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This module aims to provide students with the opportunity to explore ‘best practice’ in managing stroke and transient ischaemic attack (T.I.A). Students will be able to learn about risk prevention, acute rehabilitation, pathophysiology and urgent treatment.
Furthermore, the module will cover the long term effects of recovery or disability from the patient’s and the carer’s perspectives in order to follow the patient’s journey across all settings.
This module provides students with the opportunity to gain:
- Up-to-date knowledge within the field of stroke delivery services, allowing them to expand their career prospects.
- Valuable skills in order to provide effective support to individuals affected by stroke.
- Academic credit for a named award.
- Opportunity to network with fellow students from a range of disciplines and specialities.
- Access to experts.
- Opportunity to build to a full degree.
- Individuals will be able to challenge current practice and embed evidence based practice into their delivery of care.
- Individuals gain greater job satisfaction which leads to a deeper commitment to service delivery and patient care.
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On successful completion of this module you should be able to:
- Examine the pathophysiology related to stroke and T.I.A.
- Discuss the risk factors and preventive measures in relation to stroke and T.I.A.
- Assess, plan and implement holistic care of individuals affected by stroke.
- Understand the roles and responsibilities of those involved in the caring of individuals affected by stroke.
- Evaluate the design and delivery of current models of stroke and T.I.A reflecting on National Guidance and local pathways.
How will this course be taught
This module will be delivered through a combination of directed and self-directed activity.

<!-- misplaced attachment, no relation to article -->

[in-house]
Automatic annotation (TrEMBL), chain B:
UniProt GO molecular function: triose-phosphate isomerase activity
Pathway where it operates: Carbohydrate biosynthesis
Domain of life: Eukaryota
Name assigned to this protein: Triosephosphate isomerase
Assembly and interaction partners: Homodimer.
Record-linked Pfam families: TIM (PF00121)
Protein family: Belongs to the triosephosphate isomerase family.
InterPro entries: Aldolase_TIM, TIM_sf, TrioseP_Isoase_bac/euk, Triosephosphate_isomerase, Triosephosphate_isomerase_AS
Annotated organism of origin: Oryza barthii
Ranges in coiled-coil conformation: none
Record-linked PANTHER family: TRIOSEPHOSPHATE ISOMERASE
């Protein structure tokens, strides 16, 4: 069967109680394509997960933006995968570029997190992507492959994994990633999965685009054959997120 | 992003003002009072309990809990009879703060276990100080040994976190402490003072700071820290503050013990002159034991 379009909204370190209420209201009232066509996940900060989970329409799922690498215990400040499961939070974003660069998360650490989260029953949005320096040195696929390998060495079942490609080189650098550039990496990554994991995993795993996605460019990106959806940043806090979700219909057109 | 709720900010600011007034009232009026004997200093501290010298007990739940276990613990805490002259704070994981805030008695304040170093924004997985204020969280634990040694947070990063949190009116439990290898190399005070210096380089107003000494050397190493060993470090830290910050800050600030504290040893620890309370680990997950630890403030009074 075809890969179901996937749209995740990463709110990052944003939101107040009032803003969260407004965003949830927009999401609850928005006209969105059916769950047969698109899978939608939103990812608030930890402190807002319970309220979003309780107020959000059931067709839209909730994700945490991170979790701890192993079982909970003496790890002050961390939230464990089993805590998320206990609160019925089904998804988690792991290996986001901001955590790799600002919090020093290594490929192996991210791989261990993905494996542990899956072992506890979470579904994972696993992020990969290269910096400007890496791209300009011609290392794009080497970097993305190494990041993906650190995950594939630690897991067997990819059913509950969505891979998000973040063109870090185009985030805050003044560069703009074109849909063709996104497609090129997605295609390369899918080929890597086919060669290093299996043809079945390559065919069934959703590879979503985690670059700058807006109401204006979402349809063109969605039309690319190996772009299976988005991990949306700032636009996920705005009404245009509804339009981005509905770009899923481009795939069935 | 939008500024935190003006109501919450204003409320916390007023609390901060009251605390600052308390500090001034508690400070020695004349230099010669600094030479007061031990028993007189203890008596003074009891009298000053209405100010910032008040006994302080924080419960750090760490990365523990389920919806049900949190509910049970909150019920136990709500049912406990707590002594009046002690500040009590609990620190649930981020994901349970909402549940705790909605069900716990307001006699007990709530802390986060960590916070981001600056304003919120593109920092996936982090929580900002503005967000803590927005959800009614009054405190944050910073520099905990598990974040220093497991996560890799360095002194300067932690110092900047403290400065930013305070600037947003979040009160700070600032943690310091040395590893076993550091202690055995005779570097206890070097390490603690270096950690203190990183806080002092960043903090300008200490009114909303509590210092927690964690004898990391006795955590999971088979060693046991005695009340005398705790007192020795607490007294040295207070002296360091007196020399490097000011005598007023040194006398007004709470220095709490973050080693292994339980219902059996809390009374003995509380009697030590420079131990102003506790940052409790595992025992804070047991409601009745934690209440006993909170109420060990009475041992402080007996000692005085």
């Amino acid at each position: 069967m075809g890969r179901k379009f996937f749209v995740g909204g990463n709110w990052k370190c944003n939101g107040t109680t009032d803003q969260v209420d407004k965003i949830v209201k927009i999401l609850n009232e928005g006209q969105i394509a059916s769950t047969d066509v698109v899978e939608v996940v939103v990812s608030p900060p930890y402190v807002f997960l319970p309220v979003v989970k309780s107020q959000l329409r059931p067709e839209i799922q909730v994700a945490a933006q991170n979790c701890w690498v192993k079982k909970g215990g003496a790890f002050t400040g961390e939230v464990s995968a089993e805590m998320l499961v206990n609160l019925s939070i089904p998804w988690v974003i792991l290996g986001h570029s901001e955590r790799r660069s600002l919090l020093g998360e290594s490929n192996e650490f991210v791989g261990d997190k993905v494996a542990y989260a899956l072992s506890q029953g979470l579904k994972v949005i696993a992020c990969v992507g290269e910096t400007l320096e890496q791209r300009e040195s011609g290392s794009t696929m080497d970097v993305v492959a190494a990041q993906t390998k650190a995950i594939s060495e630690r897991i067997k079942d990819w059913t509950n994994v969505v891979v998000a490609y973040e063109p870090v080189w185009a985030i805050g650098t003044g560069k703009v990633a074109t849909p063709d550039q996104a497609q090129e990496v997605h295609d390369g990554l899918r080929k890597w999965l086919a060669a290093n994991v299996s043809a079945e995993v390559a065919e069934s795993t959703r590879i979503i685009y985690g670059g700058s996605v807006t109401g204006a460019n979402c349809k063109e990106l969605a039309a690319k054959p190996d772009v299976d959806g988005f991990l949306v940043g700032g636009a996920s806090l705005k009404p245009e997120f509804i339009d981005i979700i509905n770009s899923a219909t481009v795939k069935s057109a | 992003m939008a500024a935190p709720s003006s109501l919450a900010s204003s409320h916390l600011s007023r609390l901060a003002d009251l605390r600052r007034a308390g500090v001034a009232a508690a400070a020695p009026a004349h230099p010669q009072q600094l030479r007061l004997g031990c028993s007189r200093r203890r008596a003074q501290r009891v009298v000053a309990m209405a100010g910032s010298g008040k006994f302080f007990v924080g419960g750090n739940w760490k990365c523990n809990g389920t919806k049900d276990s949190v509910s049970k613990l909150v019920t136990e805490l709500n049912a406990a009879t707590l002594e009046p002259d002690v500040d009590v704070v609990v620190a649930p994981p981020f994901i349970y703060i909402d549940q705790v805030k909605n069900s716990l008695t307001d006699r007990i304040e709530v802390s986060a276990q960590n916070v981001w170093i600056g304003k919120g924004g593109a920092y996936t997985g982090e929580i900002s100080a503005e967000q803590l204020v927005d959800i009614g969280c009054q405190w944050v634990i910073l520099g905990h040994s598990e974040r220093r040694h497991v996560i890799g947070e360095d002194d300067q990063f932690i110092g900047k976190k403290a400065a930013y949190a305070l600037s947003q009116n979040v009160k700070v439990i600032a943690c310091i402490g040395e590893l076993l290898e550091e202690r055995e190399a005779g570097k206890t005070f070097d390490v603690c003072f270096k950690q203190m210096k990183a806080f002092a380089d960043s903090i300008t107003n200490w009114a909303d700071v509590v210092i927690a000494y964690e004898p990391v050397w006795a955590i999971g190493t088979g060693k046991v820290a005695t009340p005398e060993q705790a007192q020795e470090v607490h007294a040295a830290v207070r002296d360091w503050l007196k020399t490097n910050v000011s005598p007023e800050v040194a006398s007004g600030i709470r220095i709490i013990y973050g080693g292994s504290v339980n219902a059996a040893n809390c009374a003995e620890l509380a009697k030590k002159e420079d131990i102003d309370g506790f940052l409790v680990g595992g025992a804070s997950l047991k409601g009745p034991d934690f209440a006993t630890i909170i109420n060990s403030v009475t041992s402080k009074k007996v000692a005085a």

Autumn term: Wednesdays 1.30pm - 4.30pm
Induction will take place on the first day of each module (excluding Mentoring).
We welcome students with disabilities. We recognise that education is a right for all who can benefit from it and that students with disabilities have an equal right of access to higher education. Our staff also recognise that individuals with disabilities are the best source of expertise about themselves and their needs. All students with disabilities should be able to participate as far as is reasonably practical in the educational and social activities we make available. Such students should be encouraged to expect equal treatment as individuals and that they and their work will be considered solely on the basis of their quality.
For further information please contact the Disabilities Officer on 024 7688 8029 or email email@example.com.
Lectures – 30 hours
Guided student activity – 20 hours
Self-guided student activity – 150 hours
Total activity – 200 hours
- Ability to study at level 3.
- Coursework 1: 3000 word essay (100% of module mark).
How will this course enhance my career prospects?
- Successful completion of degree level modules can enable progression to master’s degree studies in a range of Health Care and Professional Practice studies which are offered at Coventry University.
- Upon the successful completion of this module students should possess the qualities and knowledge to assist their further development as professionals within the field of stroke care delivery services.